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SpaceX Completes Rocket Safety Test

Kennedy Space Center, Florida —(Map)

SpaceX, a company working to supply NASA with spacecraft, has successfully tested its emergency escape system. During the test, the part of the ship that holds people was safely carried away, while the main rocket exploded.

Like most rockets, SpaceX’s Falcon 9 rocket is designed to get one small piece of it – the capsule – into space. The capsule carries the crew (astronauts) or important supplies. SpaceX’s capsule is known as the Dragon capsule.

Illustration of the SpaceX Crew Dragon and Falcon 9 rocket during the company’s uncrewed In-Flight Abort Test
SpaceX, a company working to supply NASA with spacecraft, has successfully tested its emergency escape system. During the test, the capsule was safely carried away, while the main rocket exploded. This picture shows what the escape might look like from space.
(Source: SpaceX, via NASA Kennedy/Flickr.)

To launch spacecraft into space, rockets use several stages of “boosters”. Booster rockets push the main spacecraft up and then fall back to earth when their fuel is gone.

The first two minutes of a rocket’s flight is the most dangerous. That’s when the most pressure is on the rocket as it travels through the Earth’s atmosphere. Because this part of the flight is so dangerous, it’s important to have a system to keep astronauts safe if anything goes wrong.

SpaceX's Falcon 9 rocket taking off for the In-Flight Abort Test
To launch spacecraft into space, rockets use several stages of “boosters”. Booster rockets push the main spacecraft up and then fall back to earth when their fuel is gone. Above, SpaceX’s Falcon 9 rocket is shown taking off for the test on Sunday.
(Source: NASA, Screenshot via YouTube.)

The flight on Sunday was designed to test SpaceX’s emergency escape system. There were no astronauts on the flight, but there were life-size crash test dummies with sensors to collect information about the conditions in the capsule.

During the flight, the Falcon 9 took off normally. But after 84 seconds, when the rocket was traveling 1,200 miles per hour (1,930 kilometers per hour), its engines were shut down. This was a pretend emergency.

SpaceX's Crew Dragon separates from the Falcon 9 rocket during the In-Flight Abort Test
After 84 seconds, when the rocket was traveling 1,200 miles per hour (1,930 kilometers per hour), its engines were shut down. That’s when smaller rockets on the Dragon capsule carried the capsule (see arrow) away from the Falcon 9.
(Source: NASA, Screenshot via YouTube.)

At that point, eight smaller rockets (called thrusters) on the Dragon capsule carried the capsule away from the Falcon 9. The main rocket fell and exploded, but by that time, the Dragon capsule was safely away, about 27 miles (43 kilometers) above the earth.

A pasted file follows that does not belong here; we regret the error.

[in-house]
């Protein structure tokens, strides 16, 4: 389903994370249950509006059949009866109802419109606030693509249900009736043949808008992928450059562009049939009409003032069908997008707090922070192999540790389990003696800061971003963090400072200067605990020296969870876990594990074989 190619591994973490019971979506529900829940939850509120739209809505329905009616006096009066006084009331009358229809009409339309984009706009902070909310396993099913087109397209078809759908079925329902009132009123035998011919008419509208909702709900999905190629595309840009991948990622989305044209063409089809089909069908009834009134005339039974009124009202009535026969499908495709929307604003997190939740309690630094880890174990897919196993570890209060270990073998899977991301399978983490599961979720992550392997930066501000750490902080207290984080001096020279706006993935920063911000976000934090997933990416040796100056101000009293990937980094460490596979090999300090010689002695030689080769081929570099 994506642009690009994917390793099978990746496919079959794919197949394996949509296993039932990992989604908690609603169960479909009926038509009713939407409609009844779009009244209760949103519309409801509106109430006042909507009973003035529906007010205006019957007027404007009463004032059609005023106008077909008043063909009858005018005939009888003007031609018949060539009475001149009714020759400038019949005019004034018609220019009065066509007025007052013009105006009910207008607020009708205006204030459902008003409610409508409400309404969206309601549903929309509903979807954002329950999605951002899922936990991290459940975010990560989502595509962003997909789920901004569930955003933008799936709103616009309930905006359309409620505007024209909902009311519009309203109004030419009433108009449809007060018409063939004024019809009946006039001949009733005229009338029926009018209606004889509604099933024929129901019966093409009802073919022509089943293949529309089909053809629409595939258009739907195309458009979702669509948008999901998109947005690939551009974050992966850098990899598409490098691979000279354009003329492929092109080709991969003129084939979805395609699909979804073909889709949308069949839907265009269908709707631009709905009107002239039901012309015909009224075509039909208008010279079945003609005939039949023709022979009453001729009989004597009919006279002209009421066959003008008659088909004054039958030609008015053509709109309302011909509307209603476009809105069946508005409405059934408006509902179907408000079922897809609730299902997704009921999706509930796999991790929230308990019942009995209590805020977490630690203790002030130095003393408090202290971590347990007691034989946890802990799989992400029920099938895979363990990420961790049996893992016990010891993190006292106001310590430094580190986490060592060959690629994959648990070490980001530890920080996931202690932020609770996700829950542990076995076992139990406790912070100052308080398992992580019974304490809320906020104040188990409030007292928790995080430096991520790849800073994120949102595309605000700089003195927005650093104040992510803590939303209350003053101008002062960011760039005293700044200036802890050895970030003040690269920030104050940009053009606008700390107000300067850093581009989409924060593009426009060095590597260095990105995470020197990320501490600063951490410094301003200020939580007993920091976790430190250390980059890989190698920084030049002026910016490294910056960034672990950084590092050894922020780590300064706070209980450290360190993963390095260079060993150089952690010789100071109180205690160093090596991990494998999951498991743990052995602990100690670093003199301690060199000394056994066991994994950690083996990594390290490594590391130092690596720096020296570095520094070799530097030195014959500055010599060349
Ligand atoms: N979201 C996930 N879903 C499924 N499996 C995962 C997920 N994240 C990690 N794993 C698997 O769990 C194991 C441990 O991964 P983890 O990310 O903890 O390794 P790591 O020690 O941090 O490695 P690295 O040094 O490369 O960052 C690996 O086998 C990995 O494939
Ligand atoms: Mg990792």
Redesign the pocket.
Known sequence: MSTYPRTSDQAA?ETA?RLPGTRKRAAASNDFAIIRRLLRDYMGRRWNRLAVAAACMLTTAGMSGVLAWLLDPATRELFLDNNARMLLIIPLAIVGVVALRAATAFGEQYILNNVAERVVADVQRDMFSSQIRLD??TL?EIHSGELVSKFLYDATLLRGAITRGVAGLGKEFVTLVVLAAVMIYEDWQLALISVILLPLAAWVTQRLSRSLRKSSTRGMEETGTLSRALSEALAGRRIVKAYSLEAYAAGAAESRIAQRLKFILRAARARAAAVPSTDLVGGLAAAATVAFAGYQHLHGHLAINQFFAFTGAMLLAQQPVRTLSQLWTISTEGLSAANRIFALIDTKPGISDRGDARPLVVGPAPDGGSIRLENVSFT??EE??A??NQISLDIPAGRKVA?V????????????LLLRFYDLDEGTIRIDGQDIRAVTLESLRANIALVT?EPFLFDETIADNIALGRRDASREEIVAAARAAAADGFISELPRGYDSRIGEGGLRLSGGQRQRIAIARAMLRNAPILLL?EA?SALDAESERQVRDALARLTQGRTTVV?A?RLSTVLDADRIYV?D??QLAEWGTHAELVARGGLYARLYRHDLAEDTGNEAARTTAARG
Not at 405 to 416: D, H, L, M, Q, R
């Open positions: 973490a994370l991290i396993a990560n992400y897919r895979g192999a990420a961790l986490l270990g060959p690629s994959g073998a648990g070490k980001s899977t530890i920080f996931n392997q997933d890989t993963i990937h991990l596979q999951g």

SpaceX's Falcon 9 rocket explodes during the In-Flight Abort Test
By the time the main rocket fell and exploded, the Dragon capsule was safely away, about 27 miles (43 kilometers) above the earth. The screenshot shows the Falcon 9 exploding.
(Source: NASA, Screenshot via YouTube.)

The Dragon capsule used small thrusters so that it was positioned correctly. Then two sets of parachutes opened up, slowing down the capsule as it returned to Earth. About nine minutes after takeoff, the capsule had splashed down safely in the Atlantic Ocean.

Parachutes deploy on SpaceX's Crew Dragon capsule during the In-Flight Abort Test
Two sets of parachutes opened up, slowing down the capsule as it returned to Earth. About nine minutes after takeoff, the capsule had splashed down safely in the Atlantic Ocean. The picture above was taken through a small window on the capsule.
(Source: NASA, Screenshot via YouTube.)

SpaceX’s system is important for NASA. The US space program used to make its own rockets. But since NASA stopped using the Space Shuttle in 2011, it has been counting on Russian rockets to bring astronauts to the International Space Station. The costs of using Russian rockets is now about $80 million per trip per astronaut.

In recent years, the US has been working with private companies to develop the rockets they need. Now, two companies have systems almost ready for use. SpaceX, a company created by Elon Musk, developed the system tested on Sunday. Airplane maker Boeing has also developed a system for NASA.

The escape test was the last test needed before SpaceX’s system can be used with astronauts.

NASA astronauts Doug Hurley, left, and Bob Behnken watch the liftoff of a SpaceX Falcon 9 rocket and Crew Dragon spacecraft on the uncrewed In-Flight Abort Test, Jan. 19, 2020
The escape test was the last test needed before SpaceX system can be used with astronauts. NASA astronauts Douglas Hurley, left, and Robert Behnken have been selected for the first flight. Above, the two watch Sunday’s launch.
(Source: NASA Kennedy, via Flickr.com.)

NASA believes a flight with astronauts could happen as early as March. Two NASA astronauts, Douglas Hurley and Robert Behnken have already been selected for that flight.

Having a way to get the crew off a rocket if something goes wrong is extremely important. In 2018 two astronauts were saved by a similar system when a Soyuz rocket had a problem as it launched.

Kennedy Space Center, Florida


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